Postural control among normal population of different age groups

Naema Ismail, Gehan S. Abd El-Salam, Asmaa Fathi


Background: Postural control continues to change in later stages of life. Age-related changes may occur within or between sub-systems involved in postural control. It is thought clinically that these changes are important as they often result in falls & injury. The aim of the work was to compare the balance characteristics among different age groups using computerized dynamic posturography to provide clinicians with normal references.

Methods: Inclusion criteria were study group consisted of (30) normal healthy individuals, age range 16-79 years, with neither hearing nor vestibular complaints. It was divided into 3 age groups, each group consisted of 10 patients. Group (A) young- 16-39 years, group (B) middle- 40-59 years and group (C) elderly- 60-79 years. Exclusion criteria were history of neuromuscular or neuroskeletal disease, symptoms of unsteadiness, dizziness or vertigo, symptoms of impaired sensory function, symptoms of arthritis or lower limb problem, symptoms of uncorrected visual problems, symptoms of postural hypotension or diabetes, medication intake such as sedatives, hypnotics, anxiolytics & antidepressants.  All participants were subjected to full history taking, otologic examination, basic audiologic evaluation, computerized dynamic posturography which included sensory organization test, limits of stability and rhythmic weight shift.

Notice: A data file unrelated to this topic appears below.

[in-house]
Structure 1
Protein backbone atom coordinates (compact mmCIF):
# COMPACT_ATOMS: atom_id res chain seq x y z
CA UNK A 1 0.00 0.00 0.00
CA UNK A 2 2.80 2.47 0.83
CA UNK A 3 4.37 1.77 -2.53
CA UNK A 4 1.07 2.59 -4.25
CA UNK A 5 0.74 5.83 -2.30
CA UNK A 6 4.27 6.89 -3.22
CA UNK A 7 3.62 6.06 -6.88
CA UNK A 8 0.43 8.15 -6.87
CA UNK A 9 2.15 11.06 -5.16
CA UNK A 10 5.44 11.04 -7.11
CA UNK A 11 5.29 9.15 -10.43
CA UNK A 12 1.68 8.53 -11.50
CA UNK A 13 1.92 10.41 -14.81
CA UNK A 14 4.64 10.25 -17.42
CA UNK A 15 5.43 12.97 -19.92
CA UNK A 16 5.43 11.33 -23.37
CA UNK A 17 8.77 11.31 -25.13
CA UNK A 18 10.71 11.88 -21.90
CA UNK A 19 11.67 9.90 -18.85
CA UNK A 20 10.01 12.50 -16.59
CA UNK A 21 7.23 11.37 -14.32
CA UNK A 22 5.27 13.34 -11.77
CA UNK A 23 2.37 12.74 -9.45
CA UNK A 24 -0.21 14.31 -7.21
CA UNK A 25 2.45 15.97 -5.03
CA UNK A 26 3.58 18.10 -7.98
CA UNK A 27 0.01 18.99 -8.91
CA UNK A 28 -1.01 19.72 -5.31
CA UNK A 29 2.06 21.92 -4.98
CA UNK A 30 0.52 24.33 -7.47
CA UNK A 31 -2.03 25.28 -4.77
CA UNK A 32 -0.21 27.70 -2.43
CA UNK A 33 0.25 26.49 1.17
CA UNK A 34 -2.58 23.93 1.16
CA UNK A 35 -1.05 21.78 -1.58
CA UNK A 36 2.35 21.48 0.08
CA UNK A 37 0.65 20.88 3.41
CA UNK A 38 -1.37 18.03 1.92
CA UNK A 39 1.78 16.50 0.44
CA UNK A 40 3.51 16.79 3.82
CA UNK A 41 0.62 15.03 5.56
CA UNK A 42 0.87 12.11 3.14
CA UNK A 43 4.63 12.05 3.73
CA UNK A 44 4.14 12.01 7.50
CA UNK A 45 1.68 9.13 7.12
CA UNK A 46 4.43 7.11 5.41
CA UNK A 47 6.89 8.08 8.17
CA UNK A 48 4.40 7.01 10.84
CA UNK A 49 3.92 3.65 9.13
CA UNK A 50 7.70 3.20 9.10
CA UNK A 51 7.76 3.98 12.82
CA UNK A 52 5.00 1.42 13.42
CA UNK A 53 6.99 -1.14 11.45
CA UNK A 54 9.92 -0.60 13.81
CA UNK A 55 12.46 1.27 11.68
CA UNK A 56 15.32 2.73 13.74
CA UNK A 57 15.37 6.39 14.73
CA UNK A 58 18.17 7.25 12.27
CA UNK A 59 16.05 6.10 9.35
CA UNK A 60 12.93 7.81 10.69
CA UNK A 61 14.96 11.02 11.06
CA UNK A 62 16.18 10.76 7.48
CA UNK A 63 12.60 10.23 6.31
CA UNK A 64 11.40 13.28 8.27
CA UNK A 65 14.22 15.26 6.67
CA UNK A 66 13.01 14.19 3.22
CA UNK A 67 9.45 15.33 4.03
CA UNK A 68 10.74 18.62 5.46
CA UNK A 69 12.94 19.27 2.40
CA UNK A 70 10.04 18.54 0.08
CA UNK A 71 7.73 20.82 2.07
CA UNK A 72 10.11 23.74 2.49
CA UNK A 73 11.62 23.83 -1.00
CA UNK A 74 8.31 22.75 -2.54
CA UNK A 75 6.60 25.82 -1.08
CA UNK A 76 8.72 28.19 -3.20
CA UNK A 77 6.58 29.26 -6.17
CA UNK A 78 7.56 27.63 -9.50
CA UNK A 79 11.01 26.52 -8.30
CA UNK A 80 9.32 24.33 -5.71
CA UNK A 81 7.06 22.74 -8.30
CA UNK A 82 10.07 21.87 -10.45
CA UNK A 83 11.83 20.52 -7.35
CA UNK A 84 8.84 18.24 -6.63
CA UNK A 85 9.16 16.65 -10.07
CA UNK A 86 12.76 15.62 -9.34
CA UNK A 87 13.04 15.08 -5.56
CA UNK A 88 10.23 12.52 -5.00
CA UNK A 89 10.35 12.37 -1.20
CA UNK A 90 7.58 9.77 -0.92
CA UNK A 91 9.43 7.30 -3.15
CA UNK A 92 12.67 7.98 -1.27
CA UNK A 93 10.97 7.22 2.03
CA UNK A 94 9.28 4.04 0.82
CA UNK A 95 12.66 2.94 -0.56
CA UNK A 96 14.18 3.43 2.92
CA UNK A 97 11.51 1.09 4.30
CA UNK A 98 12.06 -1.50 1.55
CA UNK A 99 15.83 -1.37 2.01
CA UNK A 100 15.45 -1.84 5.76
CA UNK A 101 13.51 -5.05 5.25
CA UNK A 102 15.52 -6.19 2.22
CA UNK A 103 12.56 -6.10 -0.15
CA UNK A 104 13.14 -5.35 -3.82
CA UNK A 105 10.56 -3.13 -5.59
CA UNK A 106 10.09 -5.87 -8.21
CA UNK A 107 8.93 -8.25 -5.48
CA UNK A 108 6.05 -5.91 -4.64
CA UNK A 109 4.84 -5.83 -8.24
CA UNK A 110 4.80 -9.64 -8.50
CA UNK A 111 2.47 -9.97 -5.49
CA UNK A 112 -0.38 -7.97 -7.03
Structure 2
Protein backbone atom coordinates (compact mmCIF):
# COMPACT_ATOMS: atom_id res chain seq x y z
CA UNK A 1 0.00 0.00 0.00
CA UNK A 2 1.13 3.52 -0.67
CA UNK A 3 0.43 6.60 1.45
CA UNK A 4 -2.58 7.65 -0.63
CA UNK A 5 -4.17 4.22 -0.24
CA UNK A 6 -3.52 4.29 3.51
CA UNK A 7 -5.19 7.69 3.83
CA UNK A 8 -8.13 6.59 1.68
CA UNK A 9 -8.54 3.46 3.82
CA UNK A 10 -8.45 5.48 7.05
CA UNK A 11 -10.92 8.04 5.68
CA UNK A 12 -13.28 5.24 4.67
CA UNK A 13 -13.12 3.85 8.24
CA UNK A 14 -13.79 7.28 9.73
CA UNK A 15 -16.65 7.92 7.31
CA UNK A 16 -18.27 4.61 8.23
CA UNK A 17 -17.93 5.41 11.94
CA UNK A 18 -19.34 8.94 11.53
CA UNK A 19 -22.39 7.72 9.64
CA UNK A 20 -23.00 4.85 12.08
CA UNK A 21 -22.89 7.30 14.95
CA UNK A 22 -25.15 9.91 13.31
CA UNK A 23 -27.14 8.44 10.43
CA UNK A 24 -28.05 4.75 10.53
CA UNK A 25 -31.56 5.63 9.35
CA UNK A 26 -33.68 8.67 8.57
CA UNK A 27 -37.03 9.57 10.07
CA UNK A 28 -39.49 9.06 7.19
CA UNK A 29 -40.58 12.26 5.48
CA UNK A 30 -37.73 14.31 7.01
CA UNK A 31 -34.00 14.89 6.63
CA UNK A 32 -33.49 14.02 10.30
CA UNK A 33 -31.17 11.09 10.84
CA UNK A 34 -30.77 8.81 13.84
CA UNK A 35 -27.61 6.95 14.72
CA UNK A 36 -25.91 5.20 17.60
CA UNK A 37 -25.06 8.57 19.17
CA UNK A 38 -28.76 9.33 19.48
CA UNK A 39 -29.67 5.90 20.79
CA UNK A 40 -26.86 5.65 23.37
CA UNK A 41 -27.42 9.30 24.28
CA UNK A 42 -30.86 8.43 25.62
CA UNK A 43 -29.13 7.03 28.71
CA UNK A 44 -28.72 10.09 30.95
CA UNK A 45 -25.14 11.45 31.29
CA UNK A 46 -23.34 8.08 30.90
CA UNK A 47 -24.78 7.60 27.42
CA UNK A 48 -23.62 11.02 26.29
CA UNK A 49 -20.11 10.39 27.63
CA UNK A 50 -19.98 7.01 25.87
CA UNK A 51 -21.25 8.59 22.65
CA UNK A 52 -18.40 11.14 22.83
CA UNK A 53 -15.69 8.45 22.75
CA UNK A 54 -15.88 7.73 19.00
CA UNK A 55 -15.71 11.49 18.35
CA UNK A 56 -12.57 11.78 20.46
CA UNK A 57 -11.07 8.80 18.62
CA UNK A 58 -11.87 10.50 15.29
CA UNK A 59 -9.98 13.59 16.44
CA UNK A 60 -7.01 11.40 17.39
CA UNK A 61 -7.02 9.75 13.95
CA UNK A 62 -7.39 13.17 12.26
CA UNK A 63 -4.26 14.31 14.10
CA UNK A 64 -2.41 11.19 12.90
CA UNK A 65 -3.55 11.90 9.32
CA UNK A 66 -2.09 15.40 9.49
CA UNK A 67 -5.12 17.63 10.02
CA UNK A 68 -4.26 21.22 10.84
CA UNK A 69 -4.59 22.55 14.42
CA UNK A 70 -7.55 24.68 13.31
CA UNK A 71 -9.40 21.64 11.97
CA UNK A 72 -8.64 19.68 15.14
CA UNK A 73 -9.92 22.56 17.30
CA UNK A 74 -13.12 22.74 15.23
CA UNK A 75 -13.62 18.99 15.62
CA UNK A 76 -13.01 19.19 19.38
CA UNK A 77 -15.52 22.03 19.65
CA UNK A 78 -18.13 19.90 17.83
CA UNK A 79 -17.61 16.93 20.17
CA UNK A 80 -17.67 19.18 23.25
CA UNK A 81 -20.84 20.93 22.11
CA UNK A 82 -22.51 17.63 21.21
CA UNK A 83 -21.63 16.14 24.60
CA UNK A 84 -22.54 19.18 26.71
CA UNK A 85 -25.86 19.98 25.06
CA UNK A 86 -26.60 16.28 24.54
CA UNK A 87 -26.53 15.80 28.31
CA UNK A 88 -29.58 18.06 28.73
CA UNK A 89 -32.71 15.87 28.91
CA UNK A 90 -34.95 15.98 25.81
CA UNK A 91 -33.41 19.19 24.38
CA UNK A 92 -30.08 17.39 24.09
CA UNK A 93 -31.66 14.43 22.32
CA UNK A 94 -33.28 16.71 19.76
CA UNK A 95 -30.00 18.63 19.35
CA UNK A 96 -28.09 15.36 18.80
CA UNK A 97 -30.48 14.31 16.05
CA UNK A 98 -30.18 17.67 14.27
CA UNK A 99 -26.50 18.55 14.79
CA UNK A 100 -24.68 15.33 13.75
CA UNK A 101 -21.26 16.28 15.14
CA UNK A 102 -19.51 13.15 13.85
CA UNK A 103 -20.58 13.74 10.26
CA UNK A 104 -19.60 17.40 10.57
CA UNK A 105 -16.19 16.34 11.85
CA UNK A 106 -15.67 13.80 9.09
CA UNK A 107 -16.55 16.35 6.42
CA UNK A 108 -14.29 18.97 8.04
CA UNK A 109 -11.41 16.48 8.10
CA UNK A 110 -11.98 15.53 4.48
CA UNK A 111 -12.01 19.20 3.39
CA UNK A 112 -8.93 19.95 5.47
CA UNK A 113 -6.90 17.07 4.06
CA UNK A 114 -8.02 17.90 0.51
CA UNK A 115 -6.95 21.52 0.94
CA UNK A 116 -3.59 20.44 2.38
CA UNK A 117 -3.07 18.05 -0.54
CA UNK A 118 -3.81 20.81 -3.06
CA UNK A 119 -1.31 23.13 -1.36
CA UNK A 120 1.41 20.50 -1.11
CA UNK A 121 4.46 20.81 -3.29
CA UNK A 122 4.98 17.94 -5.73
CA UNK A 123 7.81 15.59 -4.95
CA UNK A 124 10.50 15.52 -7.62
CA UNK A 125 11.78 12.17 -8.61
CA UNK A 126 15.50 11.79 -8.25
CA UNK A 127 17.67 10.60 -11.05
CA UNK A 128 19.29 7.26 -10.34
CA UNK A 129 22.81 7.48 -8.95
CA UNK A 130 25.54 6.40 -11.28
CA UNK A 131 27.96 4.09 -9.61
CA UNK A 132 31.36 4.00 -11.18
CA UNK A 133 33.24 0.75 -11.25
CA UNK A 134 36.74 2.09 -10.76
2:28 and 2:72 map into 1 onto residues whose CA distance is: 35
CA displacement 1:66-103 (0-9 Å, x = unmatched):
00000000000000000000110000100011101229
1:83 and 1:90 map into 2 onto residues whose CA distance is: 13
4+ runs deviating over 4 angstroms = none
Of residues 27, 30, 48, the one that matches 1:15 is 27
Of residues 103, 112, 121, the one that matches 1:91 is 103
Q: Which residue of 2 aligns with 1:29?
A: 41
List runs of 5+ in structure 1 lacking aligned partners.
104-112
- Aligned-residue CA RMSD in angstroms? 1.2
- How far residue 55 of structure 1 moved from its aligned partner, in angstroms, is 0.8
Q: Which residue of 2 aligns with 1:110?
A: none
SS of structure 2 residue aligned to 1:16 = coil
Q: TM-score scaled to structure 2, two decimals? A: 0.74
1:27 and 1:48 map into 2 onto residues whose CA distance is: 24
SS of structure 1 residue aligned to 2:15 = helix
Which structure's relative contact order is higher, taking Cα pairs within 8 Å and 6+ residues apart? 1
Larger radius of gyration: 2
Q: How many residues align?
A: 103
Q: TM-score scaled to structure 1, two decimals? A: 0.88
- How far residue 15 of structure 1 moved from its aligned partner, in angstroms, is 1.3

Results: Sensory organization test: The elderly group (C) had lowest equilibrium score with eyes open, closed & with conflicted visual cues on swayed surface (condition 6) and also this group have lowest percentage of SOT strategy. There was a statistically significant difference among A & C groups when using sensory organization test strategy in all conditions. Limits of stability test: The elderly group has higher overall reaction time. There was statistically significant difference in all conditions of limits of stability as regards directional control. Rhythmic weight shift right and left test: There was a statistically significant difference between groups A & C in low & medium speed on on-axis velocity & directional control. Rhythmic weight shift front & back test: There was no statistically significant difference between all groups as regards on-axis velocity. There was highly statistically significant difference between all groups in all trials as regards directional control.

Conclusions: Postural instability occurs frequently in healthy elderly subjects. Sensory organization test is the most effective test to compare balance function among different age groups.


Posturography, Postural sway, Age effect, Sensory organization, Cognitive function

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